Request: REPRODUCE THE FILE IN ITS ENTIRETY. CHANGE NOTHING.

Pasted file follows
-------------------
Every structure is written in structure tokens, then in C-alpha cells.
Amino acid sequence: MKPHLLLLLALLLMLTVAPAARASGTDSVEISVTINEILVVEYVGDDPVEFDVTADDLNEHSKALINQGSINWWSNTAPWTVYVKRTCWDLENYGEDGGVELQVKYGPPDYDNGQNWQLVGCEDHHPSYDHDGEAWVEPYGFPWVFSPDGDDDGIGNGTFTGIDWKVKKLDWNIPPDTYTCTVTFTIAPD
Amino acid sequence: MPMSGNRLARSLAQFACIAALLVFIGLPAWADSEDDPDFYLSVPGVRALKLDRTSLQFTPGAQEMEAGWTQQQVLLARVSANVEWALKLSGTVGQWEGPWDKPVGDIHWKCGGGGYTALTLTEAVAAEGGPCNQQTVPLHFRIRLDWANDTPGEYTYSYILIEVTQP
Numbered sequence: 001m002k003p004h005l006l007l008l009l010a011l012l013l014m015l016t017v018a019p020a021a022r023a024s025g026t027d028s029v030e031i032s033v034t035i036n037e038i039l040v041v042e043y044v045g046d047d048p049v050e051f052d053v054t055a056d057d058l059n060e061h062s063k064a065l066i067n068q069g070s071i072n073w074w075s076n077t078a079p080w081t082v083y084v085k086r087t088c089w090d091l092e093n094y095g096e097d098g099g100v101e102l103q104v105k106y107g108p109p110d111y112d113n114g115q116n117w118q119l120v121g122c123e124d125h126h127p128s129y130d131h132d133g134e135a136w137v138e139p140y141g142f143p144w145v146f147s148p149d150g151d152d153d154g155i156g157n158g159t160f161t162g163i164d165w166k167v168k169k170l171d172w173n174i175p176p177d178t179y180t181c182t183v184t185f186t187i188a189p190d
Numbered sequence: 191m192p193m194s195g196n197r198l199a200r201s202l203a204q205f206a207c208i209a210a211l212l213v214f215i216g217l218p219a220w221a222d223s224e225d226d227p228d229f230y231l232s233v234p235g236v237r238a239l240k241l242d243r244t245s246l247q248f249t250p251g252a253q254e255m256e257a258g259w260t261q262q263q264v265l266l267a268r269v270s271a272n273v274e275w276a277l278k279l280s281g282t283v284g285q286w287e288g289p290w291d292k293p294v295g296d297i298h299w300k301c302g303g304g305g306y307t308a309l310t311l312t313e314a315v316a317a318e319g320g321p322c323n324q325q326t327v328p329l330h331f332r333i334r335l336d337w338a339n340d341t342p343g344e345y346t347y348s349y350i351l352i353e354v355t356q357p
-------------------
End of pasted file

Every structure is written in structure tokens, then in C-alpha cells.
Amino acid sequence: MKPHLLLLLALLLMLTVAPAARASGTDSVEISVTINEILVVEYVGDDPVEFDVTADDLNEHSKALINQGSINWWSNTAPWTVYVKRTCWDLENYGEDGGVELQVKYGPPDYDNGQNWQLVGCEDHHPSYDHDGEAWVEPYGFPWVFSPDGDDDGIGNGTFTGIDWKVKKLDWNIPPDTYTCTVTFTIAPD
Amino acid sequence: MPMSGNRLARSLAQFACIAALLVFIGLPAWADSEDDPDFYLSVPGVRALKLDRTSLQFTPGAQEMEAGWTQQQVLLARVSANVEWALKLSGTVGQWEGPWDKPVGDIHWKCGGGGYTALTLTEAVAAEGGPCNQQTVPLHFRIRLDWANDTPGEYTYSYILIEVTQP
Numbered sequence: 001m002k003p004h005l006l007l008l009l010a011l012l013l014m015l016t017v018a019p020a021a022r023a024s025g026t027d028s029v030e031i032s033v034t035i036n037e038i039l040v041v042e043y044v045g046d047d048p049v050e051f052d053v054t055a056d057d058l059n060e061h062s063k064a065l066i067n068q069g070s071i072n073w074w075s076n077t078a079p080w081t082v083y084v085k086r087t088c089w090d091l092e093n094y095g096e097d098g099g100v101e102l103q104v105k106y107g108p109p110d111y112d113n114g115q116n117w118q119l120v121g122c123e124d125h126h127p128s129y130d131h132d133g134e135a136w137v138e139p140y141g142f143p144w145v146f147s148p149d150g151d152d153d154g155i156g157n158g159t160f161t162g163i164d165w166k167v168k169k170l171d172w173n174i175p176p177d178t179y180t181c182t183v184t185f186t187i188a189p190d
Numbered sequence: 191m192p193m194s195g196n197r198l199a200r201s202l203a204q205f206a207c208i209a210a211l212l213v214f215i216g217l218p219a220w221a222d223s224e225d226d227p228d229f230y231l232s233v234p235g236v237r238a239l240k241l242d243r244t245s246l247q248f249t250p251g252a253q254e255m256e257a258g259w260t261q262q263q264v265l266l267a268r269v270s271a272n273v274e275w276a277l278k279l280s281g282t283v284g285q286w287e288g289p290w291d292k293p294v295g296d297i298h299w300k301c302g303g304g305g306y307t308a309l310t311l312t313e314a315v316a317a318e319g320g321p322c323n324q325q326t327v328p329l330h331f332r333i334r335l336d337w338a339n340d341t342p343g344e345y346t347y348s349y350i351l352i353e354v355t356q357p